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Category Archives: The Power of Confidence

What Have You Done for Yourself Lately?

Wally AdamchikBy Featured Speaker Wally Adamchik

All too often we see the syndrome of the leader who has reached a plateau. What have you done for yourself lately? How can you continue to expect higher performance from your employees when you have done nothing to elevate yourself? How do you expect to deliver better results in the face of a changing environment when you continue to do the same old thing? Just because you are busy doesn’t mean you are making a positive impact.

Today’s leaders are challenged to keep up with, let alone get ahead of, the power curve. In fact, this “just in time” management style has served many leaders well as they have risen through the ranks. Their ability to control the quality of their work and the output of their group was unequalled. People marveled that they could get it all done and produce a nice profit also. So they were promoted. In their next position, again, if they ran really fast, they could control and get it all done. However, their ability to lead never really improved, nor did the company take time to invest in their skill development. After all, they were too busy and too important to take off and go to a seminar each year.
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When Nervousness Makes Your Voice Quiver

Nancy DanielsBy Featured Speaker Nancy Daniels

Has this ever happened to you? You stand to give your speech or presentation; and, when you begin speaking what comes out of your mouth is higher in pitch and quivering to boot. So what is to be done?

In most cases, nervousness is the cause of the quiver. (There are some voices, however, that quiver whether one is nervous or not.) There is a means of eliminating the quiver that works even when you are nervous.

Personally, I like nervousness. It is that wonderful rush of adrenaline that, if used to your advantage, can give you an edge in public speaking. What I don’t want, however, is for your nervousness to be seen or heard. The quiver is definitely telling your audience that you would rather be somewhere else.

A quivering voice is the result of stress and pressure on your delicate vocal folds (cords) and throat. Nervousness exacerbates the problem. By learning how to breathe with the support of your diaphragm and allowing your chest to become your primary amplifier, you will find the quiver disappearing automatically. It is truly amazing to see and hear this happen.
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Supercompetent Key 1: Activity – Activity Demonstrates Value and Reflects Importance

Laura StackBy Featured Speaker Laura Stack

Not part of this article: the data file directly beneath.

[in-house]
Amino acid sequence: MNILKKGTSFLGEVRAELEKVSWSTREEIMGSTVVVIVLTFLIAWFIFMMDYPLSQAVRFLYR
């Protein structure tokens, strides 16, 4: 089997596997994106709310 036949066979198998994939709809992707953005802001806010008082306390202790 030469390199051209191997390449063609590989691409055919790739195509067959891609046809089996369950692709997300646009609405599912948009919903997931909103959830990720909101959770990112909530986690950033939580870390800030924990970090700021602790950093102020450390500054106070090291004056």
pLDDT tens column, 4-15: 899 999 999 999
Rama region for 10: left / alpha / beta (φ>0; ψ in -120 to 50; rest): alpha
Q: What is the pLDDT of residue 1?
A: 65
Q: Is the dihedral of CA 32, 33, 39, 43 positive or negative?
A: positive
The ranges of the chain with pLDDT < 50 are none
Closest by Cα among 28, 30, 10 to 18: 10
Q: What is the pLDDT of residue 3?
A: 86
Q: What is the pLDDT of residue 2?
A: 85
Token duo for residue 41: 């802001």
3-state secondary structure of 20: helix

In this competitive economy, just being able to do your job is no longer enough.

Competence is simply expected in today’s workplaces. But you can’t be simply competent; you have to be SuperCompetent to get an edge.

When the rubber hits the road, the difference between merely having ability and being exceptional may be the difference between losing your job and keeping it. The best workers possess a constant, expansive ability to be good at everything they do, no matter how general or specific. In this next series of six articles, I’ll show you how to master the six universal Keys to workplace success. In this first article, we’ll cover the first key: Activity.

SuperCompetent people have an acute sense of direction, in which the nature of their activities reflects their relative priorities. They’re particularly aware of one thing that escapes most of their colleagues: that being busy and being productive are two very different things.
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What Public Speakers Can Learn from Lady Gaga

Every morning I take a 40-minute walk while listening to tunes on my iPod Shuffle. One of the artists who has several songs loaded on my iPod is Lady Gaga … a woman who knows how to brand herself very well. I’ve seen a few articles on what small business owners can learn from Lady Gaga, so I thought it would be a cool idea to share some of the things public speakers can learn from her, as well.

The Art of Fame
Like her music or not, you kind of have to admit that Lady Gaga knows how to become famous. She’s worked it … and worked it well. She studied what others before her had done to become well known and then planned every moment of her career to make use of what worked. Public speakers should be studying the marketing and business tactics of accomplished public speakers. What have they done right to get to the top? How can you adapt what they’ve done in their area of public speaking to help you achieve success in yours?
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